Residents in Deptford and Greenwich, the ‘Friends of Deptford Creek,’ have formed an alliance to help co-ordinate living and working amongst the clustered houseboats and workplaces, to share access to the land resources and promote mooring rights.
Living on the Creek they enjoy relative independence, whilst navigating increasingly unstable environmental, commercial and social conditions. All around them, the struggle for land use, rolls on at a ferocious rate, excluding some and capturing others, in the quest for recognition, acknowledgement and respect.
Upholding rights to access resources, trade and live locally, are long fought battles, sustained against the odds. Increasingly rapid transformation along each side of the Creek is out-gunning the capacity to respond. Finding the energy to resist reckless planning and hold developers to their commitments is left to those people most effected. All are agreed that more independent and widespread DIY monitoring and critical response is required, not least, to gather information to counter commercial assumptions of developers.
Meanwhile, city workers and their families are moving into fresh apartments rising at every corner. Racing costs of domestic rents and restrictions of workspace are contributing to a crisis of identity and insecurity that will continue to oppress homemakers in the area, perpetuating the churn of fortunes many are already experiencing.
Large scale infrastructure projects in progress across London will soon be joined by Thames Tideway sewer overflow construction from Ealing to Becton along the Thames. There are two deep excavations planned for SE8. One at Deptford Church Street and the other at Greenwich Pump Station. Both will contribute massive local disruption for five years or more, whilst offering little in compensation or shelter for those effected.
At a recent meeting of the Deptford and Greenwich Liaison Working Group held at Creekside Discovery Centre, we heard from officials of the Thames water, Tideway and Lewisham council about their commitment to public liaison yet despite it’s detailed project plans, little was presented to ally fears of further sweeping aside of community interest and blank faced consultation processes. The promise here is for full co-operation and clarity, leaving lots of scope to fudge delivery !
Resistance to the rehearsed rhetoric surprised many of the Tideway builders and administrators present. Our Informed requests for detailed data about environmental monitoring already taking place, or any commitment to make such data feeds available were not received well, with only tacit offers of aggregation and post collection reporting on offer.. Let’s have the raw data available, please!
Additional topics to the prepared agenda tried to focus on awareness of how to negotiate for the £2.5 million pound section 106 CIL to benefit local activities (see recent council meeting minutes). However the Greenwich Pump Station excavation doesn’t have an allocation out of this, strange considering how many newly built places there will be disrupted. More on this to come!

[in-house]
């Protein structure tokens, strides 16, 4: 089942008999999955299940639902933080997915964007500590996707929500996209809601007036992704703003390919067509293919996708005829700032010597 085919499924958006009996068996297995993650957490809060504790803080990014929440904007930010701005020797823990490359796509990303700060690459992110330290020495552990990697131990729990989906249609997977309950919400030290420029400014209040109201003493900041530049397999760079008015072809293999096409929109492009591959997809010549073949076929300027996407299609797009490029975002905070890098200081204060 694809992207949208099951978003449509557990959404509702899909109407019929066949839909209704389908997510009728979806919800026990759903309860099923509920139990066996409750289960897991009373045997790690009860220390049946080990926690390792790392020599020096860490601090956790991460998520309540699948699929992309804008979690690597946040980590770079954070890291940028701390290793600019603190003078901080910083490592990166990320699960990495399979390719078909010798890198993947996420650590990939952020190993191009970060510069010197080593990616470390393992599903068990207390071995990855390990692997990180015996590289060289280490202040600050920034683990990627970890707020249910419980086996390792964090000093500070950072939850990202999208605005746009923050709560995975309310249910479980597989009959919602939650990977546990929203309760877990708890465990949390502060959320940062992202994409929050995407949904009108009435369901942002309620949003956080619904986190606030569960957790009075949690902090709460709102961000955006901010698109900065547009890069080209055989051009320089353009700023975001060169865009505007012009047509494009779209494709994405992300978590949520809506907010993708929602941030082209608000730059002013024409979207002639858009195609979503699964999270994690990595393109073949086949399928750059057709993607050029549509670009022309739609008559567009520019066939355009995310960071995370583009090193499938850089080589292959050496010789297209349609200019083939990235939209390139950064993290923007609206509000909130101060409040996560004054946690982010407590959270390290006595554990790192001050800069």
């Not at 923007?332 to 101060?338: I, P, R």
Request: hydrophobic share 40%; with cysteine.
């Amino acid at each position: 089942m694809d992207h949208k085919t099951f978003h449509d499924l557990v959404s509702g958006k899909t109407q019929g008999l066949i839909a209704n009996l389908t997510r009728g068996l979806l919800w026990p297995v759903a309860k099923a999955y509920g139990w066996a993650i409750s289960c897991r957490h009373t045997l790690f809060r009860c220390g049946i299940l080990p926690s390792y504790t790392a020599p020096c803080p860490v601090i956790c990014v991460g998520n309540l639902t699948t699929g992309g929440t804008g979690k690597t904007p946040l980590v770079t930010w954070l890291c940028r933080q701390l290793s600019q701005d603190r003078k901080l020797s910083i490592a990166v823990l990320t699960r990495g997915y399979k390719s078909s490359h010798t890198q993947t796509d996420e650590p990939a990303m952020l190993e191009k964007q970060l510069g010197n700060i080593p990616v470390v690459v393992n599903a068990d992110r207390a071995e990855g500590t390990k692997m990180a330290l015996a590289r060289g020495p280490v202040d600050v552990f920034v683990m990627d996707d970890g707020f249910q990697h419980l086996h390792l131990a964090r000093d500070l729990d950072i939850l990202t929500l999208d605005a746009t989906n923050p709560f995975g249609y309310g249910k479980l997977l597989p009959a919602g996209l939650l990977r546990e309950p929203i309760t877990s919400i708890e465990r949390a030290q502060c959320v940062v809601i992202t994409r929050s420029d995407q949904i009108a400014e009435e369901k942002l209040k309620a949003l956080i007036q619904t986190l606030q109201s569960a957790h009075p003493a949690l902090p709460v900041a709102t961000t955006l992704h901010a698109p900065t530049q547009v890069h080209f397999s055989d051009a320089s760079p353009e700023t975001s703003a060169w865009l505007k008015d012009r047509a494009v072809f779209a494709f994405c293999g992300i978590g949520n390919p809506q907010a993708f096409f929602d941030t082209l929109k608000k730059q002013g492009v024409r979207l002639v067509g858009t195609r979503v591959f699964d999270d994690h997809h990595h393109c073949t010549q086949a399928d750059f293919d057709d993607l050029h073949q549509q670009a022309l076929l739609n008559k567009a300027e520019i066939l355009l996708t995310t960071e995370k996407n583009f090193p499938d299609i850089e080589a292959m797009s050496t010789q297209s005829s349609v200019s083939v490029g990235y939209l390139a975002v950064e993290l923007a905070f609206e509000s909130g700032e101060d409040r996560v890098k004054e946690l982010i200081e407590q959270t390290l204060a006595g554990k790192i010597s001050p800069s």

The physical links between Greenwich and Lewisham residents are limited to the access to footpaths and bridges crossing Deptford Creek. There are seven public crossings two by road and rail and four by foot. The newest of these a ‘swing’ bridge sits at the mouth of the creek where it tips into the Thames and was completed early in 2015. A lifting bridge at Creek road allows the few larger gravel boats servicing the cement works to pass through. The rail ‘Iron Bridge’ is an industrial heritage monument but which is due a raft of safety improvement measure not least the replacement of the housing and engine lifting equipment with GRP simulations. The Ha’ppeny Hatch just beyond was installed after huge public appeal for a footbridge at this point to provide safer crossing and links Norman Road to Creekside. Environmental designs for a continuation of pedestrian walkways stretching from New Cross Gate to Woolwich were outlined in Borough Plans of the nineties!
Planning consent for 500 ton barges to carry away spoil from the Tideway tunnel dig has been requested to limit the use of road haulage consent, already offered. This would result in 2 transports per tide, instead of 100 trucks a day. For this to be possible, dredging of the middle section of the creek from Iron Bridge to the Creek mouth. The effect of all this will be to destabilize the small community of boats including the Minesweeper cluster of boats opposite Laban Dance. A further consequence will make the study area for Creekside low tide walkers inaccessible. Dredging may well turn up unexpected complications for all those along this stretch, as it’s historical uses have left a noxious sludge residue submerged not far below.
The A2 crosses over the creek at Deptford Bridge where the DLR also spans overhead. A cycle and foot path picks up again in Broadway Fields an open space with basketball courts and opportunities for public socialising, often occupied by small groups playing sport or hanging out and enjoying the rare chance for a view of sky.
A humpback footbridge jumps back over to the path leading south into Brookmill Park and the wide footbridge adjacent to Stephen Lawrence Centre opens out onto Brookmill Road. The Ravensbourne river cuts along the side of the park, in a concrete trench from Lewisham alongside the DLR.